Branch pushed to git repo; I updated commit sha1. New commits:
7b72043  Improved doc (unreachable vertices)

comment:15 in reply to: ↑ 12 Changed 6 years ago by
You mean that I should move all the code in boost_graph.pyx, and then import this function through something like
GenericGraph.dominator_tree = types.MethodType(sage.graphs.base.boost_graph.dominator_tree(GenericGraph, ???))
Could you tell me the exact command? The three examples I have found in generic_graph.py
do not have arguments...
Replying to ncohen:
Helloooooo again,
Is there any reason why you kept two functions with the same name (dominator_tree)? If you moved the 'graph output' to the one defined in
boost_graph.pyx
, you would only have to import it in theGenericGraph
object. No duplication of doc/doctest.Nathann
comment:16 followup: ↓ 17 Changed 6 years ago by
A good example is GenericGraph.diameter = types.MethodType(sage.graphs.distances_all_pairs.diameter, None, GenericGraph)
.
It has several arguments (e.g. method='iFUB'
).
comment:17 in reply to: ↑ 16 Changed 6 years ago by
Hellooooooo!
I have done it, but there is a problem: in order to obtain this result, generic_graph
should import boost_graph
, which imports directed_graph
, which imports generic_graph
, and I have cyclic dependencies. I tried to put
import types from sage.graphs.generic_graph import GenericGraph GenericGraph.dominator_tree = types.MethodType(dominator_tree, None, GenericGraph)
inside boost_graph, but it is not imported when Sage starts, so I have to import boost_graph before running dominator_tree (and I don't like it). Any suggestion?
Replying to dcoudert:
A good example is
GenericGraph.diameter = types.MethodType(sage.graphs.distances_all_pairs.diameter, None, GenericGraph)
. It has several arguments (e.g.method='iFUB'
).
comment:18 followup: ↓ 20 Changed 6 years ago by
 Reviewers set to Nathann Cohen, David Coudert
This is weird since for instance the distances_all_pairs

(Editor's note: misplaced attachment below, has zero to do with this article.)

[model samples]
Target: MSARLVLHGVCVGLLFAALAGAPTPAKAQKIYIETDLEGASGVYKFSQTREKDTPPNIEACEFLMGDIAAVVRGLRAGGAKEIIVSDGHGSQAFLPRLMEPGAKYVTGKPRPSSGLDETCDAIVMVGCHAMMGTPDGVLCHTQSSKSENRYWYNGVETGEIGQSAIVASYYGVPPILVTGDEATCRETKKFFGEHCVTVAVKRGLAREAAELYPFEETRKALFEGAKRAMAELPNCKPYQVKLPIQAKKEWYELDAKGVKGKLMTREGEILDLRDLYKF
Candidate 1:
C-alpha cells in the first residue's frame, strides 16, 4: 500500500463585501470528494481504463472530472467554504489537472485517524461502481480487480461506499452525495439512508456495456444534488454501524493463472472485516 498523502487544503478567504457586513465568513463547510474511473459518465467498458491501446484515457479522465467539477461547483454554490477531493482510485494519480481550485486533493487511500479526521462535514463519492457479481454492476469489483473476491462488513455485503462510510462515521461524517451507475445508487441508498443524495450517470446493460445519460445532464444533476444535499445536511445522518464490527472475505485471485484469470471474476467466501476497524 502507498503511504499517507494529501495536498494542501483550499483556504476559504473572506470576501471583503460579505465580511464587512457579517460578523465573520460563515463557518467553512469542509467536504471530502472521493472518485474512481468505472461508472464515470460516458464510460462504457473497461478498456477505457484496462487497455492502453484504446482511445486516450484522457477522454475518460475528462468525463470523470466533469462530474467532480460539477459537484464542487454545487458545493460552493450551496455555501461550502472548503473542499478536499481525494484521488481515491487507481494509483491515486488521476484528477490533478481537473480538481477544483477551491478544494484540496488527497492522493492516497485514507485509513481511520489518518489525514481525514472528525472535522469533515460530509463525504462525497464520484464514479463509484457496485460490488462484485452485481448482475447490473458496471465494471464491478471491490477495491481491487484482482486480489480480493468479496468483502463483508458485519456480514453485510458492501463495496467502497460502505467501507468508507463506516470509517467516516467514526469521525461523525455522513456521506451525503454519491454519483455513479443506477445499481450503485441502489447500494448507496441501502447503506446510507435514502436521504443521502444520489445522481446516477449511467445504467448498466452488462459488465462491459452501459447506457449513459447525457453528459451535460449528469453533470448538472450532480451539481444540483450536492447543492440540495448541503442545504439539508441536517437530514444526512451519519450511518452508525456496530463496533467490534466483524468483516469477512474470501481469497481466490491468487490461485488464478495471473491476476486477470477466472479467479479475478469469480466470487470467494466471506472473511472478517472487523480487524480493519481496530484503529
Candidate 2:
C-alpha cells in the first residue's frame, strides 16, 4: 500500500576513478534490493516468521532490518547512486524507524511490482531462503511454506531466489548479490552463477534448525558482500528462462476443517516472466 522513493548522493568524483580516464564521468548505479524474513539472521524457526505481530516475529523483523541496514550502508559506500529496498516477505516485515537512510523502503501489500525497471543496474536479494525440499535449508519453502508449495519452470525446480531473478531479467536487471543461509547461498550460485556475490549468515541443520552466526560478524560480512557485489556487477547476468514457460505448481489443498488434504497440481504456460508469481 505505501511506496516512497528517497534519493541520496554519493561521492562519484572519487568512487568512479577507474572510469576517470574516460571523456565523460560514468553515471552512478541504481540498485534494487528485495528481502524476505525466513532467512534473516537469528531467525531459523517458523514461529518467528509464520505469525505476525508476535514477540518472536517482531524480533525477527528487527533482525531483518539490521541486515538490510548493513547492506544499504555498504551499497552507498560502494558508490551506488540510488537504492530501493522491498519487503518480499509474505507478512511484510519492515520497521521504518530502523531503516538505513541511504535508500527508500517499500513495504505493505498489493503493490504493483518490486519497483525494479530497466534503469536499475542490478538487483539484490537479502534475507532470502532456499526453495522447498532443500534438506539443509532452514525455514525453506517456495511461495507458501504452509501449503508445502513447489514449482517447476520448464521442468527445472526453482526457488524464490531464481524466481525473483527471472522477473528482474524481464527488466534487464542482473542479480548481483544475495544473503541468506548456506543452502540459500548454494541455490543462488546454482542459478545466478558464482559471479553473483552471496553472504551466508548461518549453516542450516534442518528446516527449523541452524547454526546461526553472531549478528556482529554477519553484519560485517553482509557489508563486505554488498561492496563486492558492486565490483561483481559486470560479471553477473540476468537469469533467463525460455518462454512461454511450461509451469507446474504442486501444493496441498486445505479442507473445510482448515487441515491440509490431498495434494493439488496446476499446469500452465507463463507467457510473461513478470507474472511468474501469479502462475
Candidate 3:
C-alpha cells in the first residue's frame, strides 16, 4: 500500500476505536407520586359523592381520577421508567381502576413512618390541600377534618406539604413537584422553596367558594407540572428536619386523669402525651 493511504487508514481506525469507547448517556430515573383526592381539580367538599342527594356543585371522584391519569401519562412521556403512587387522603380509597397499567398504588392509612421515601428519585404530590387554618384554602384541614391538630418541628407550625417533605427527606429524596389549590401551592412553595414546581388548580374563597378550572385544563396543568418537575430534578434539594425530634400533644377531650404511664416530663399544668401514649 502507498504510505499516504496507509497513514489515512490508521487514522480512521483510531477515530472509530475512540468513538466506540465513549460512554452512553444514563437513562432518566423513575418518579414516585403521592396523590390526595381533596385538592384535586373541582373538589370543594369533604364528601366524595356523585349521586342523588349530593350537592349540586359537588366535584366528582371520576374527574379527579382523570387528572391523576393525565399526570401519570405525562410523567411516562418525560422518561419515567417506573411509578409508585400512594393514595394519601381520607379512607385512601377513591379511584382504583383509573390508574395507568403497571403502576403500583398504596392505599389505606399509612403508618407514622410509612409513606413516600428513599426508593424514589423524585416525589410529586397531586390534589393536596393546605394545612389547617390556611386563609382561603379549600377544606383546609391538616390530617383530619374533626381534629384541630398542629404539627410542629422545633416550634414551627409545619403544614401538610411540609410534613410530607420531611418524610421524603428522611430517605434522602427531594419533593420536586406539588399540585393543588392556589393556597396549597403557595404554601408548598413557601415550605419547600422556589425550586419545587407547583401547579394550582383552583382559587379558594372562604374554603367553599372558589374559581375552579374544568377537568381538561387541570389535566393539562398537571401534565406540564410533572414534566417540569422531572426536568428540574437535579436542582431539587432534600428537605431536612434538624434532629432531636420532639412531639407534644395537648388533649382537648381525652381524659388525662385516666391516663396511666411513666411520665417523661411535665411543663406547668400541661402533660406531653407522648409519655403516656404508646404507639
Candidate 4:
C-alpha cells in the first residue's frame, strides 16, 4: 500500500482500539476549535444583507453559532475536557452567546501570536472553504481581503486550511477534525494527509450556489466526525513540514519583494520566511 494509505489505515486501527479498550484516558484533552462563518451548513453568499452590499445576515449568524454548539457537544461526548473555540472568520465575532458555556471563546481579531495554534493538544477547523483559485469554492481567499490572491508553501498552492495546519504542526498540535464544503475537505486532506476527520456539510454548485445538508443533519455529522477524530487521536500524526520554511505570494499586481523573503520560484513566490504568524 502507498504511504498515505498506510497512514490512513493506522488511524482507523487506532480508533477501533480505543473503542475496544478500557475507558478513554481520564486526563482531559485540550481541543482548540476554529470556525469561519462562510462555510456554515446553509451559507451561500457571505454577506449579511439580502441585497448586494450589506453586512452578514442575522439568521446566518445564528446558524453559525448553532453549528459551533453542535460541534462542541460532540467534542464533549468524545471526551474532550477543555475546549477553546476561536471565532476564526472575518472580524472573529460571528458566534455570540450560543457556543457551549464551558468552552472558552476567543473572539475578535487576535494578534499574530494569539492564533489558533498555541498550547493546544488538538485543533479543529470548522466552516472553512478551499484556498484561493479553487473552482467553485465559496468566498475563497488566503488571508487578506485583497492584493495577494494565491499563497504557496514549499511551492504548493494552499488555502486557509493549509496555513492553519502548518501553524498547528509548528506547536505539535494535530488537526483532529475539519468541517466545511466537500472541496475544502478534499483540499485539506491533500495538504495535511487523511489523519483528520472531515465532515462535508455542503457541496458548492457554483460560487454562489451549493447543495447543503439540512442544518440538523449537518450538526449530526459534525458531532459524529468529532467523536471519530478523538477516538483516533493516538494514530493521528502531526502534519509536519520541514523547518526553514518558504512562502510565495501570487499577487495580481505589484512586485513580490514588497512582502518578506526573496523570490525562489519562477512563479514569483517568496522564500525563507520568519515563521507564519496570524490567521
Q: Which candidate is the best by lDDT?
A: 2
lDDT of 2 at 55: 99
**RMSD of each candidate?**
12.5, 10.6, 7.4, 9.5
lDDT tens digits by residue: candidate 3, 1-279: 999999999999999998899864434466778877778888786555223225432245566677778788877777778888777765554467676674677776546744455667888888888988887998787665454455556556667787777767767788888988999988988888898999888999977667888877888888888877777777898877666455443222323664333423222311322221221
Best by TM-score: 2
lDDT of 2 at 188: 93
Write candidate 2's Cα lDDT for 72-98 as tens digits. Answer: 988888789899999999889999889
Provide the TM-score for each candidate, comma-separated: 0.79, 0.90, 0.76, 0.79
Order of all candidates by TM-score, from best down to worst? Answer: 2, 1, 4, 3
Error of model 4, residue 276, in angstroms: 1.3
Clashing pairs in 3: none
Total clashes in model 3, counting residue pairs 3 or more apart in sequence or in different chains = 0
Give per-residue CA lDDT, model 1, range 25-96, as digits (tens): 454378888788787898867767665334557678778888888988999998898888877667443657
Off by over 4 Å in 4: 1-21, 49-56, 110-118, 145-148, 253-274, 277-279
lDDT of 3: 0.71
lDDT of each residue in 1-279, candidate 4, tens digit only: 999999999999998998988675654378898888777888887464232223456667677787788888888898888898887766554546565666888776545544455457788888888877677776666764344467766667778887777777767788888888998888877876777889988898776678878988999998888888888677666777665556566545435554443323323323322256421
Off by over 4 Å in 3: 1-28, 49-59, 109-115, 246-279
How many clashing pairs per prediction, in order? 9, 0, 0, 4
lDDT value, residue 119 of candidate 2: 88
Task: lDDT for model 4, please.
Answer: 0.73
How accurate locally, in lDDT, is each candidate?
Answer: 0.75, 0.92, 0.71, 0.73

module imports Graph
many times.
Could you try the following: in the boost_graph.pyx
file, move the from sage.graphs.graph import Graph
statement inside all the methods using it. Same for DiGraph
etc.
David.
comment:19 Changed 6 years ago by
 Commit changed from 7b72043f2af4fc29ece5e6aad5996a9a9a49539a to ec55207fb866c9a92d51fc1270690bf8fdfe8055
comment:20 in reply to: ↑ 18 Changed 6 years ago by
Helloooooo!
Thank you very much: it worked! Now, I have rebased all my commits, so that the history of generic_graph is correct, and I have moved everything to boost_graph.
Replying to dcoudert:
This is weird since for instance the
distances_all_pairs
module importsGraph
many times.Could you try the following: in the
boost_graph.pyx
file, move thefrom sage.graphs.graph import Graph
statement inside all the methods using it. Same forDiGraph
etc.David.
comment:21 Changed 6 years ago by
Something goes wrong with your last commits, some conflicts. I don't know how to solve that (not git expert).
comment:22 Changed 6 years ago by
Strange, in my computer it works correctly... Maybe you have to perform a forced pull, since I had to perform a forced push, or try to remove your local branch and redownload it... Nathann?
comment:23 Changed 6 years ago by
I also see conflicts. And the branch's name of thi ticket appears in red, which is a sign too.
Nathann
comment:24 Changed 6 years ago by
Michele: are you running beta7? If not, that's the reason.
Nathann
comment:25 Changed 6 years ago by
 Commit changed from ec55207fb866c9a92d51fc1270690bf8fdfe8055 to 20a8625d9085eea4a3851471d2df2aa59e76703b
Branch pushed to git repo; I updated commit sha1. This was a forced push. New commits:
20a8625  Dominator tree through Boost

comment:26 Changed 6 years ago by
Now it should work: I have downloaded beta7, and I have added the missing parts.
comment:27 followup: ↓ 29 Changed 6 years ago by
 Status changed from needs_review to needs_info
Now it's working and I'm trying to understand the expected behavior of the method.
 is it normal that the resulting tree is always a star ?
sage: G = graphs.RandomBarabasiAlbert(1000,2) sage: H = G.dominator_tree(0, return_dict=False) sage: H.is_tree() and H.diameter()<=2 True sage: H = G.dominator_tree(193, return_dict=False) sage: H.is_tree() and H.diameter()<=2 True
 I suggest to set parameter
return_dict=False
by default. Well I don't know which is the most useful
 There is a labeling problem with the root.